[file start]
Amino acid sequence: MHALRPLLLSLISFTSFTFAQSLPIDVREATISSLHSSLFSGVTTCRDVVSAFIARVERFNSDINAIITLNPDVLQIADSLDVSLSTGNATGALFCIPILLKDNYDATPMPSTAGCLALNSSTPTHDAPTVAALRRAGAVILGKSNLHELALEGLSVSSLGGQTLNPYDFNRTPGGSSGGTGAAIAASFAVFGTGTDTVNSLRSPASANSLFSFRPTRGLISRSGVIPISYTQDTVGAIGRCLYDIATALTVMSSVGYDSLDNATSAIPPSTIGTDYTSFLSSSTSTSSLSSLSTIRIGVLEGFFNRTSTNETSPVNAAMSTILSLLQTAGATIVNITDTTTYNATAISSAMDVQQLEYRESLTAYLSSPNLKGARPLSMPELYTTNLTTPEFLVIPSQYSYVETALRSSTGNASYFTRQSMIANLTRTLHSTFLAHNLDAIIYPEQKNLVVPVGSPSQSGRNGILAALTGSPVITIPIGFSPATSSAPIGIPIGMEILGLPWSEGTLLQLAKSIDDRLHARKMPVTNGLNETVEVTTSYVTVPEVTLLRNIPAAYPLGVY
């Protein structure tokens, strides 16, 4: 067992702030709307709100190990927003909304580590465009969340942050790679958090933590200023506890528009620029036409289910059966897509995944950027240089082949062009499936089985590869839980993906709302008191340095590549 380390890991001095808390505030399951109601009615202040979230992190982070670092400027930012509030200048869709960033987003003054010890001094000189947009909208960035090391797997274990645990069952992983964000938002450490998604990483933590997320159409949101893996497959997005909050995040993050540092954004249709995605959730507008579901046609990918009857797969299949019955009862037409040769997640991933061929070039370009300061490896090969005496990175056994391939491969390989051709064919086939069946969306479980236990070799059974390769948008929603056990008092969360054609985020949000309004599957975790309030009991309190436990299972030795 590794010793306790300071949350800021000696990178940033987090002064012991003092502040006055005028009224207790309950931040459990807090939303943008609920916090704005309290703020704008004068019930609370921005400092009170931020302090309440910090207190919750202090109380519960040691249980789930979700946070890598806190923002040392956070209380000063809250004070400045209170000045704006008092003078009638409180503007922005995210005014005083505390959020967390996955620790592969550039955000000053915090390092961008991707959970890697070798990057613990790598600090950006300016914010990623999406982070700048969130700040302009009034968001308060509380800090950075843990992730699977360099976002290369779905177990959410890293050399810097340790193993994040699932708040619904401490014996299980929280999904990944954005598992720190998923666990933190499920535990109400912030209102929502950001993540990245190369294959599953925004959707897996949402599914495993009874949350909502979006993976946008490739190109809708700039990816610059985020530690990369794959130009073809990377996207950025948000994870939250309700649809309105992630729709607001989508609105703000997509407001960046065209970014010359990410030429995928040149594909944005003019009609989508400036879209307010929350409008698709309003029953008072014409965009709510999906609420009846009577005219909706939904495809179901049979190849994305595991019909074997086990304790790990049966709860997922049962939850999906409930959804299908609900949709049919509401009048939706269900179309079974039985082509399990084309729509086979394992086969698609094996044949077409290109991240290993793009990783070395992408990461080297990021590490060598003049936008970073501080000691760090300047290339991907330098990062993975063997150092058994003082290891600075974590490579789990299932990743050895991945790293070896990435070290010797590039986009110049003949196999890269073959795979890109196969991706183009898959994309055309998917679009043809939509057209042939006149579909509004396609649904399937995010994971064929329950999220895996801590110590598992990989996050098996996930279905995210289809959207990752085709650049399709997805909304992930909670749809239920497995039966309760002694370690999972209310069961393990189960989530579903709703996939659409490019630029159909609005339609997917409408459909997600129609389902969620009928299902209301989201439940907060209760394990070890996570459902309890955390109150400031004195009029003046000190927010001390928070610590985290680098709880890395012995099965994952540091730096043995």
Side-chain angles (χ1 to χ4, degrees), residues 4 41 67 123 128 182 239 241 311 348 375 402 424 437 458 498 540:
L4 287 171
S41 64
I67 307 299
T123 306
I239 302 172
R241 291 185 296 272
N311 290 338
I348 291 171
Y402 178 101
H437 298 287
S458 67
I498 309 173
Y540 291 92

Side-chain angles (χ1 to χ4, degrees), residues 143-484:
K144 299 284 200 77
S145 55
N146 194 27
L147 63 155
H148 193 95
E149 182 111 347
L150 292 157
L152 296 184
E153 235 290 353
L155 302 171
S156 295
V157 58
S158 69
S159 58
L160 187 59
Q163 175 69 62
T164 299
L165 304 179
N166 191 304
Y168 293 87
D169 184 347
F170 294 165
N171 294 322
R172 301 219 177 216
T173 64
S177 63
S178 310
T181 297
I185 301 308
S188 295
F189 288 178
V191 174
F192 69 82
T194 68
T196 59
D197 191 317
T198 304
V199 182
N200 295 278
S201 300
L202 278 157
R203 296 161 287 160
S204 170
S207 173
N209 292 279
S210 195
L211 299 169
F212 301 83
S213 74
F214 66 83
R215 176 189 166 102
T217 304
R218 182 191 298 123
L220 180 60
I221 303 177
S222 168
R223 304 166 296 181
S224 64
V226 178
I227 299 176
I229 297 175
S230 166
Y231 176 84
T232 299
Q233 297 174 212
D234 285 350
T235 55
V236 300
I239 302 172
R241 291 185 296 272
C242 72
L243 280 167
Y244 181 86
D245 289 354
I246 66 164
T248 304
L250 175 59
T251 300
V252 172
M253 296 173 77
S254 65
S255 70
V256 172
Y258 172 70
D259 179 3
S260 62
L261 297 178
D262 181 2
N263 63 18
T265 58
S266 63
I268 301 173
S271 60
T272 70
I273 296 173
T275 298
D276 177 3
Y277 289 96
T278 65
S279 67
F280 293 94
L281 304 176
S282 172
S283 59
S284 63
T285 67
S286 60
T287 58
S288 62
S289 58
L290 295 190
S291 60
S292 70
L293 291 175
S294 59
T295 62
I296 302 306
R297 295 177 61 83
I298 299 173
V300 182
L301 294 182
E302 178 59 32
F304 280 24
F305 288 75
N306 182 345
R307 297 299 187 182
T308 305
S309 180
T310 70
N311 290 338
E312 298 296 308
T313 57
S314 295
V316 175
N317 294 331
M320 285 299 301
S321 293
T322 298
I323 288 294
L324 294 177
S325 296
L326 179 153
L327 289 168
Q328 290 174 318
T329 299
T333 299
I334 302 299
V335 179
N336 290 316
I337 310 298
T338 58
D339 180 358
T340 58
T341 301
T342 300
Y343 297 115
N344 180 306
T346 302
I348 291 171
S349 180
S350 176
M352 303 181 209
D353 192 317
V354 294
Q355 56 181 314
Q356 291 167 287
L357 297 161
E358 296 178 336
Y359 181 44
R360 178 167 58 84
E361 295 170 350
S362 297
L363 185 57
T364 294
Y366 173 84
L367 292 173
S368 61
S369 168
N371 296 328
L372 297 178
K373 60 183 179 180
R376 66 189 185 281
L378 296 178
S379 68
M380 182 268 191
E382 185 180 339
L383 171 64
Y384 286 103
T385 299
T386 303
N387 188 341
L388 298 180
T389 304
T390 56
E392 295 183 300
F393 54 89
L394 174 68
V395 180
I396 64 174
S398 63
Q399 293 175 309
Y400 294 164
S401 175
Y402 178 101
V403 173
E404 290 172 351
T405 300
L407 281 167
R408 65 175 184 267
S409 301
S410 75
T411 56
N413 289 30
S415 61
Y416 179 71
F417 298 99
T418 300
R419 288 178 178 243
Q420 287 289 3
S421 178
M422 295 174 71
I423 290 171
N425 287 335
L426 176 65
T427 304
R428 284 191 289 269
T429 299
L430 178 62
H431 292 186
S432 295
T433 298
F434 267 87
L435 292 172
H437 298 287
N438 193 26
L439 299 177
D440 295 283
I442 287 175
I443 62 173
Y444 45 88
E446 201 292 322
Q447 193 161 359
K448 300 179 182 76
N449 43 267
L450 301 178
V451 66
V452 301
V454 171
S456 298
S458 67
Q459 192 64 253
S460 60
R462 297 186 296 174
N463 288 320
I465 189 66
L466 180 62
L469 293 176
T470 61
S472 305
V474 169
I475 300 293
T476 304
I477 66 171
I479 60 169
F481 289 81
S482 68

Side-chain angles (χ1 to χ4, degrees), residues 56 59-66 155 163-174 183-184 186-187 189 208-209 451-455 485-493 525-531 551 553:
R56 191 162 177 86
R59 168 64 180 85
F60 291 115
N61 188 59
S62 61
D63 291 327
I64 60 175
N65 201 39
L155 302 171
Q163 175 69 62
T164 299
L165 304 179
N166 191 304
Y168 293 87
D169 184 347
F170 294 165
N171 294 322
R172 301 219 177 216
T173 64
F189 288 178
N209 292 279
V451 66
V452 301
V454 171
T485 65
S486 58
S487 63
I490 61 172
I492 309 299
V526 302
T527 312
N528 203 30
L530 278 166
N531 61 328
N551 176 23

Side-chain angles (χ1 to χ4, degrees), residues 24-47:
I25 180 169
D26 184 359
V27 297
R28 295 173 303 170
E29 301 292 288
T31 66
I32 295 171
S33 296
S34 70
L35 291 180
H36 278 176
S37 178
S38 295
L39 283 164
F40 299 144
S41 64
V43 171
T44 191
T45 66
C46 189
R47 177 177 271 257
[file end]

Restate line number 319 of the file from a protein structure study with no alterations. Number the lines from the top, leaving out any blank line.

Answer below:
N551 176 23